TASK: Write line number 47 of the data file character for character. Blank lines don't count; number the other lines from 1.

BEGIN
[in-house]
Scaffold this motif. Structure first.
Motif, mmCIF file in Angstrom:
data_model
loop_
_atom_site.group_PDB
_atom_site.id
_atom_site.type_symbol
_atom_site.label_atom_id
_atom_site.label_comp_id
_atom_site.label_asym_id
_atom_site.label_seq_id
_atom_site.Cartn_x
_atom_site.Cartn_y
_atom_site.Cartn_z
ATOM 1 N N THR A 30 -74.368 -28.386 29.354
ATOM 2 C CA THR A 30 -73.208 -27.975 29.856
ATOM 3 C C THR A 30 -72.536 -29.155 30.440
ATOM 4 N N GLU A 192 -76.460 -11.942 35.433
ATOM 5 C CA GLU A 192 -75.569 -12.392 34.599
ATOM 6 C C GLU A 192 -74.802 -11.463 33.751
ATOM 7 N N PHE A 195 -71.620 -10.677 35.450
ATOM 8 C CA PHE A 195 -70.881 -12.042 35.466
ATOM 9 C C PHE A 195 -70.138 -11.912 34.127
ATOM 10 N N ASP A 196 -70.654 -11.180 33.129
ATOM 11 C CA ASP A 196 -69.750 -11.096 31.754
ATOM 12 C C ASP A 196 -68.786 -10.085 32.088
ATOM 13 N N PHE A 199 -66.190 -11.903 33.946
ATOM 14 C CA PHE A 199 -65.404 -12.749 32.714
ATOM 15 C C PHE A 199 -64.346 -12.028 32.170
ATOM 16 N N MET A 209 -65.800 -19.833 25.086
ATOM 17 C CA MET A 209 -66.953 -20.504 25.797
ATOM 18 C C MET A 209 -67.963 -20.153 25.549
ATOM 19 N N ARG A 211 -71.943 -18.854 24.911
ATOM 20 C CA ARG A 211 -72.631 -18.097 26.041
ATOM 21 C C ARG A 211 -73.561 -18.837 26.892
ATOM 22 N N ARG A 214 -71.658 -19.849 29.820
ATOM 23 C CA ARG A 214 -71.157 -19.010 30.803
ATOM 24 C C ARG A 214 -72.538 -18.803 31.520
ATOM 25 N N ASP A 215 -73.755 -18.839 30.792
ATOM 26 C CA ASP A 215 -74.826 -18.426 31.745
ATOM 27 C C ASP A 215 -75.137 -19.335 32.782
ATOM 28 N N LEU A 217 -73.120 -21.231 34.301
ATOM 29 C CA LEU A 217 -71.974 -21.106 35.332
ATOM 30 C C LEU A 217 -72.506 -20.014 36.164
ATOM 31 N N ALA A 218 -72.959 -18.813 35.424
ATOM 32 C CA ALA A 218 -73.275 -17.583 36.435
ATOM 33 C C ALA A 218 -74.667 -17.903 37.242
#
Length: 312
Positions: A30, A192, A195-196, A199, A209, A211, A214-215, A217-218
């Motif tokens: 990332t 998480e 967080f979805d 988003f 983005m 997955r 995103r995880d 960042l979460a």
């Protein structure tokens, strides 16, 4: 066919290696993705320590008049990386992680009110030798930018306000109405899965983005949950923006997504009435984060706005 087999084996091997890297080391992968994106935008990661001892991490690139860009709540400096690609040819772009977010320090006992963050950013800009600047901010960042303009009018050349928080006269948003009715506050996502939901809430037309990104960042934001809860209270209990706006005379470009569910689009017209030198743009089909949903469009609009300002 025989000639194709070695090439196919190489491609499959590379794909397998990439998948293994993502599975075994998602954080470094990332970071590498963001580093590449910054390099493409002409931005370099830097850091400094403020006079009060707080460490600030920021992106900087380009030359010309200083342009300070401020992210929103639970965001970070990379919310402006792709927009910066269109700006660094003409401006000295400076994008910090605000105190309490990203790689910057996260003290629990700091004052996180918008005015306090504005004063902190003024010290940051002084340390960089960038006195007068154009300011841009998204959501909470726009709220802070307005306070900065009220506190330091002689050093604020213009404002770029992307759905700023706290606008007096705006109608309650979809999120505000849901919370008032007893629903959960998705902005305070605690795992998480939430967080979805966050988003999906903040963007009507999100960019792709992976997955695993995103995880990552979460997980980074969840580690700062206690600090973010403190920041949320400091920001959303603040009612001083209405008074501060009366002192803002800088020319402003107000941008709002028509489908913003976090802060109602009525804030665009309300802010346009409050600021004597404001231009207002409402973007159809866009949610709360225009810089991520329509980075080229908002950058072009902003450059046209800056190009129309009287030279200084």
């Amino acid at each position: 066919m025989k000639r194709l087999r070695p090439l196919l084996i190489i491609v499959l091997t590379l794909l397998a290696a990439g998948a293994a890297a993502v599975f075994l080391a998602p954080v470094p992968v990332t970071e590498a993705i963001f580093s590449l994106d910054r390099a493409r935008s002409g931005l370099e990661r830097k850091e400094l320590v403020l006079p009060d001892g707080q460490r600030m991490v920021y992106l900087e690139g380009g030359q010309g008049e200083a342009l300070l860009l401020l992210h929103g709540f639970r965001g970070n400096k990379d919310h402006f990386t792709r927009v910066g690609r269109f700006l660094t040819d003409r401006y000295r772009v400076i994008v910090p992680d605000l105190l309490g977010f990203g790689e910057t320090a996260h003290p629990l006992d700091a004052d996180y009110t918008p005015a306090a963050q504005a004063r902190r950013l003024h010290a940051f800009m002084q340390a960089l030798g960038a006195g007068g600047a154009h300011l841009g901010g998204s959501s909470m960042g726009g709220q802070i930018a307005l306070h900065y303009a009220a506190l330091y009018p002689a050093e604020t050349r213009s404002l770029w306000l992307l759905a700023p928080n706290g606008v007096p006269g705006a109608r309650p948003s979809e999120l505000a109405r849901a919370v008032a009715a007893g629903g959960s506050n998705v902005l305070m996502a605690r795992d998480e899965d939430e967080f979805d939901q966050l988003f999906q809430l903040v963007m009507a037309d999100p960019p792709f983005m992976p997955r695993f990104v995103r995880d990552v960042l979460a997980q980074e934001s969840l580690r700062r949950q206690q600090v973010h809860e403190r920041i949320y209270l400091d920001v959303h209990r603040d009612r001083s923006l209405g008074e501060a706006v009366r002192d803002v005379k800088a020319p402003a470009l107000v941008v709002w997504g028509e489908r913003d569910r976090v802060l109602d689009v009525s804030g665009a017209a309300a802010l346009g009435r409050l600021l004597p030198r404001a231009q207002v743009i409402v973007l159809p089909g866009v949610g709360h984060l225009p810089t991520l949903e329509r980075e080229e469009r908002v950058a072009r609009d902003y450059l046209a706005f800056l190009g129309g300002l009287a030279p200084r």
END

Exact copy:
ATOM 32 C CA ALA A 218 -73.275 -17.583 36.435